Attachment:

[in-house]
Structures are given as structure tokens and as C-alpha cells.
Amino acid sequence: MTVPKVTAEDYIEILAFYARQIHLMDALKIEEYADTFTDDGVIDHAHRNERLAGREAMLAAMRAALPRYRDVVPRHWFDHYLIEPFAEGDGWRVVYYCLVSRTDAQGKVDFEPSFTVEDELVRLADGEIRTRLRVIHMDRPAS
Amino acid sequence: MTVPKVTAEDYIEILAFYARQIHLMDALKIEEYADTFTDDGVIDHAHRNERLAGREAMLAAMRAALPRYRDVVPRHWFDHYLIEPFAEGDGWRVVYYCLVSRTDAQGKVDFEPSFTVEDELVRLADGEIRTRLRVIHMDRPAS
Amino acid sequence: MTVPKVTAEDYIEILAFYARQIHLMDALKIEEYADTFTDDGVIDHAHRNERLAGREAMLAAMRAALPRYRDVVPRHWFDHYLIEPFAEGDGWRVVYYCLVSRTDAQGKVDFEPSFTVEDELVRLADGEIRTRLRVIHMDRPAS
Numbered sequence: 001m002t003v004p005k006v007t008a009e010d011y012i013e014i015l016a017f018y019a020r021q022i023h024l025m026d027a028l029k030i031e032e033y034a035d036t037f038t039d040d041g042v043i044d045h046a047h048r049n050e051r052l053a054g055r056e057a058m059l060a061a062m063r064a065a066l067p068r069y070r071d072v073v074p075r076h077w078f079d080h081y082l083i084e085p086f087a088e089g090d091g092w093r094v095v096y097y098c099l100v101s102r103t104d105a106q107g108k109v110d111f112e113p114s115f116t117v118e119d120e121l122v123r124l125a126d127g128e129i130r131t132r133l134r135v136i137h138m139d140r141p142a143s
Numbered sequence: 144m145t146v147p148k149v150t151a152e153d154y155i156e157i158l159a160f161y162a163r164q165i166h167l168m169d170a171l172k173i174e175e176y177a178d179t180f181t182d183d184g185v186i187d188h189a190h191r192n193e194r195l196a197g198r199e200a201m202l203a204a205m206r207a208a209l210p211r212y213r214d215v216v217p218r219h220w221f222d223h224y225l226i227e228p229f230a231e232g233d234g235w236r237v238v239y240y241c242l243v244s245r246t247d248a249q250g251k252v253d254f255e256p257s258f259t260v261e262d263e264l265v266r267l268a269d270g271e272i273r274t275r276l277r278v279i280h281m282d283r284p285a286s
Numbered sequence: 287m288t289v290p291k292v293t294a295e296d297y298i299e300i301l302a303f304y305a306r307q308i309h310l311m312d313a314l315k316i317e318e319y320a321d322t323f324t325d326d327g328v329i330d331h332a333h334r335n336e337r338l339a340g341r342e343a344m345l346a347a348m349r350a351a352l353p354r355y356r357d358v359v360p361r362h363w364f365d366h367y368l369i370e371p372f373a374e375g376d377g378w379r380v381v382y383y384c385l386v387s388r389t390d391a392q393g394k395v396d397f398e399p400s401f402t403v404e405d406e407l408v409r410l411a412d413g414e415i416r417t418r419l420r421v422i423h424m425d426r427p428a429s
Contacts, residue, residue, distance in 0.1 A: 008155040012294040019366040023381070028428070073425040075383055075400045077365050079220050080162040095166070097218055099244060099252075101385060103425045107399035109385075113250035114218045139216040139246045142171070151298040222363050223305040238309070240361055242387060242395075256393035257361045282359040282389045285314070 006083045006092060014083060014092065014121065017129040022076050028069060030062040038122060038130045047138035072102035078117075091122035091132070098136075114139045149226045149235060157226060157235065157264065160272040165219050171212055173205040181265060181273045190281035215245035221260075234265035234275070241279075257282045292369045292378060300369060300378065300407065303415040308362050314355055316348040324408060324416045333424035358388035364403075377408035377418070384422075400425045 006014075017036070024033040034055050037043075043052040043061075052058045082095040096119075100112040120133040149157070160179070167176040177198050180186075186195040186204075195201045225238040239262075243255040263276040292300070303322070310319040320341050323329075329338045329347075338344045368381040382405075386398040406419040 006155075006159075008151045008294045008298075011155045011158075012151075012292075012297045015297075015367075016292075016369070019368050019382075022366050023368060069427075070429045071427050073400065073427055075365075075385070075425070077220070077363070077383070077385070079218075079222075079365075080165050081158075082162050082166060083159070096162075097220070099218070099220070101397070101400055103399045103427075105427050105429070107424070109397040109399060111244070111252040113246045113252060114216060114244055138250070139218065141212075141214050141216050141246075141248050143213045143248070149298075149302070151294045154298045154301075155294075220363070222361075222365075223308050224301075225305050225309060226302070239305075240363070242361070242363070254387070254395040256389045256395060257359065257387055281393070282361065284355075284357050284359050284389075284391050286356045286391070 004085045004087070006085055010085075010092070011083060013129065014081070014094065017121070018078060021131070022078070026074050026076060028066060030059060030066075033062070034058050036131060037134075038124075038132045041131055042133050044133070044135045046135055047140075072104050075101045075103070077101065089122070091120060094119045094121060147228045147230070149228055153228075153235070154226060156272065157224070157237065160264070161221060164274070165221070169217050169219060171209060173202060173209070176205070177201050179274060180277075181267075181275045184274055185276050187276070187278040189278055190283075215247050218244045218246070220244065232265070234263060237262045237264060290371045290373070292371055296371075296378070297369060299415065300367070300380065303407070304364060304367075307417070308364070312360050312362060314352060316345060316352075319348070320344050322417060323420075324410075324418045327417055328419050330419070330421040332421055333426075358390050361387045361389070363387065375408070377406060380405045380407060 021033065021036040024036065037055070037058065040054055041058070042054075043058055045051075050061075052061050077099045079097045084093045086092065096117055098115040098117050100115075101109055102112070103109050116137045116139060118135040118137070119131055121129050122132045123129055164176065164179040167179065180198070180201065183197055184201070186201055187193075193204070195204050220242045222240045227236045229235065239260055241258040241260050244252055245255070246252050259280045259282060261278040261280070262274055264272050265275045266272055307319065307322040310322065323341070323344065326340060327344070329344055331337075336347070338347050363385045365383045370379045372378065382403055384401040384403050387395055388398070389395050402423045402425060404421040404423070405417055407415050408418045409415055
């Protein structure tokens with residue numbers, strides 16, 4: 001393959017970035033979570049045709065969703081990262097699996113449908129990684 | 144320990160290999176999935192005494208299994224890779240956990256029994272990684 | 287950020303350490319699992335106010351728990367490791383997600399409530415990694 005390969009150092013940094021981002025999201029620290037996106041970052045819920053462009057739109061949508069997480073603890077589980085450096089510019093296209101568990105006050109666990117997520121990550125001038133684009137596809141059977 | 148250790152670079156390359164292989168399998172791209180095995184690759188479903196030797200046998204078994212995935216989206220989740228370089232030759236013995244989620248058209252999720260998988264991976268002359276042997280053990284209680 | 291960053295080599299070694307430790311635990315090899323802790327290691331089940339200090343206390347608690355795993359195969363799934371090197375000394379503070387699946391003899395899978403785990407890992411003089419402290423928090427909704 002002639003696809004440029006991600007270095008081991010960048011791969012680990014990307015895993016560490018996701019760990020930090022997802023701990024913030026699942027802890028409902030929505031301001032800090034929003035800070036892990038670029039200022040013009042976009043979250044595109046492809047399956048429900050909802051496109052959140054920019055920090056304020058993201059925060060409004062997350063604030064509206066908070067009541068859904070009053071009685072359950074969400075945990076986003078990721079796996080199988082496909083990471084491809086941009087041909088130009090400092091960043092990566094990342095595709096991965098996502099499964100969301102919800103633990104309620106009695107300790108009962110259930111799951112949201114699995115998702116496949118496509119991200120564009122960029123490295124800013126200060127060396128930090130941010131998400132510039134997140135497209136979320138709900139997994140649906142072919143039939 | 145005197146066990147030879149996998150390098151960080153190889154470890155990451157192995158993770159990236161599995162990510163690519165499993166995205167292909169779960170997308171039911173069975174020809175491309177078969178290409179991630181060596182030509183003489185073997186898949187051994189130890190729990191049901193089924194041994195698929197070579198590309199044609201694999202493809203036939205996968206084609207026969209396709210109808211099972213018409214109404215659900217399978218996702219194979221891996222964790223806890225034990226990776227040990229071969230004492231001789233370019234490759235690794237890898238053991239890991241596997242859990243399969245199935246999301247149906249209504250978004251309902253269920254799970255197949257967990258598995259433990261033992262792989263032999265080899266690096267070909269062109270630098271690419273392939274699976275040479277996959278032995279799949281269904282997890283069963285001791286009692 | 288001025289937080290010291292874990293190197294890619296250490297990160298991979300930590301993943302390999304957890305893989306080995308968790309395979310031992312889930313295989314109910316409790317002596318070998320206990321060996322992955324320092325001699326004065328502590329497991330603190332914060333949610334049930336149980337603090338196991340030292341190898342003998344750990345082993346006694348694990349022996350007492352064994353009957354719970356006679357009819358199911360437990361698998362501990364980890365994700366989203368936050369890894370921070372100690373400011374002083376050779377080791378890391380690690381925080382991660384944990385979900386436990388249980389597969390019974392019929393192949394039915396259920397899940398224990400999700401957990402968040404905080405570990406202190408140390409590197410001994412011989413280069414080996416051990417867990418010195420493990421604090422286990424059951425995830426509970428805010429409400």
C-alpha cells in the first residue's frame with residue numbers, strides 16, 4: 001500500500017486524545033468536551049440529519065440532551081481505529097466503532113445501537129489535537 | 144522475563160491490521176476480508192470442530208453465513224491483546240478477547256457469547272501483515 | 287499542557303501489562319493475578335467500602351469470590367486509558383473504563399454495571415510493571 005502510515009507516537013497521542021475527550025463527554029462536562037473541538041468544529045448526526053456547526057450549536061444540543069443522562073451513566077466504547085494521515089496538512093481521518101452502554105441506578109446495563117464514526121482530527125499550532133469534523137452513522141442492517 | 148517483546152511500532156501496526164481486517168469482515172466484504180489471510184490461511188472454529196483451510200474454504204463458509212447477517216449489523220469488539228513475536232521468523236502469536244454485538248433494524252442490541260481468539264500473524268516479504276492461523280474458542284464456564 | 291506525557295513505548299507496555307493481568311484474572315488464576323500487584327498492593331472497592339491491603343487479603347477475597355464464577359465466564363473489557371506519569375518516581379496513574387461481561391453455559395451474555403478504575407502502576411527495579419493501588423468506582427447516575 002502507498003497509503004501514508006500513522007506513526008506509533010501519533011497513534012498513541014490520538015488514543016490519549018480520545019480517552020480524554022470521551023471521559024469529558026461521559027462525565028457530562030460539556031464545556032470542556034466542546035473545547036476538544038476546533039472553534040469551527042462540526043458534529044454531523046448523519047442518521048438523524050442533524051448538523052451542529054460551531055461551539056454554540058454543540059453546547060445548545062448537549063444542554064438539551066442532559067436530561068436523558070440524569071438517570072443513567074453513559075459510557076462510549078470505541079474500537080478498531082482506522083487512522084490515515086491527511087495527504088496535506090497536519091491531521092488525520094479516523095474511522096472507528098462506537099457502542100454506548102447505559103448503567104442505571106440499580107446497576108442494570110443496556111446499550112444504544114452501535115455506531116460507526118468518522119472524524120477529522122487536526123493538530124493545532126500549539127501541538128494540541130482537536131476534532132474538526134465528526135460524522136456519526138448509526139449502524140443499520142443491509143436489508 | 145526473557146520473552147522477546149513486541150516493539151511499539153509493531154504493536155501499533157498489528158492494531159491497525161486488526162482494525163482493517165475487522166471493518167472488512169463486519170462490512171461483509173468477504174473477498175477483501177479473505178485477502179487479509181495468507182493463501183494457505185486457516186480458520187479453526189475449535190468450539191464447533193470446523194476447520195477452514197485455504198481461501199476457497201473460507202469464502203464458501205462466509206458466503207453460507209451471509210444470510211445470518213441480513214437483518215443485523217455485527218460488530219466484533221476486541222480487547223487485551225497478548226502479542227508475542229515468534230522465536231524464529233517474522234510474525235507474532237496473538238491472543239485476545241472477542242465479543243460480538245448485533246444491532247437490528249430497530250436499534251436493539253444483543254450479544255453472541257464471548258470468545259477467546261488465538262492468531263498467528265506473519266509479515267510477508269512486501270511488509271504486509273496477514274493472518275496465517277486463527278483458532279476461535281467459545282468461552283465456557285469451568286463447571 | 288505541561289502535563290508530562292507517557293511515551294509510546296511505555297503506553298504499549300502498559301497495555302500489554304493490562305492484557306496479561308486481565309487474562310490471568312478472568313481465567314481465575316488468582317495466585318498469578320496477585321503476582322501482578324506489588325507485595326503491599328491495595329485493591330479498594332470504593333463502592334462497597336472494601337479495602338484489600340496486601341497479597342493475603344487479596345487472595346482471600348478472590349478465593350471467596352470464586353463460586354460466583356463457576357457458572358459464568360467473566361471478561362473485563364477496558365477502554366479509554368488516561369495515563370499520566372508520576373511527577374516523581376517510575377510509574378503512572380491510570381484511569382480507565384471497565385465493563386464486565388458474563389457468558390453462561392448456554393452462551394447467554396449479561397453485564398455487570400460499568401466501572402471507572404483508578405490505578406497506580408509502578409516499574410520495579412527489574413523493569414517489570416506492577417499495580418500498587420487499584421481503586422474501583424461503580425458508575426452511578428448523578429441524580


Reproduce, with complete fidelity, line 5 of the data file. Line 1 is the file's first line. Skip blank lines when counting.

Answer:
Amino acid sequence: MTVPKVTAEDYIEILAFYARQIHLMDALKIEEYADTFTDDGVIDHAHRNERLAGREAMLAAMRAALPRYRDVVPRHWFDHYLIEPFAEGDGWRVVYYCLVSRTDAQGKVDFEPSFTVEDELVRLADGEIRTRLRVIHMDRPAS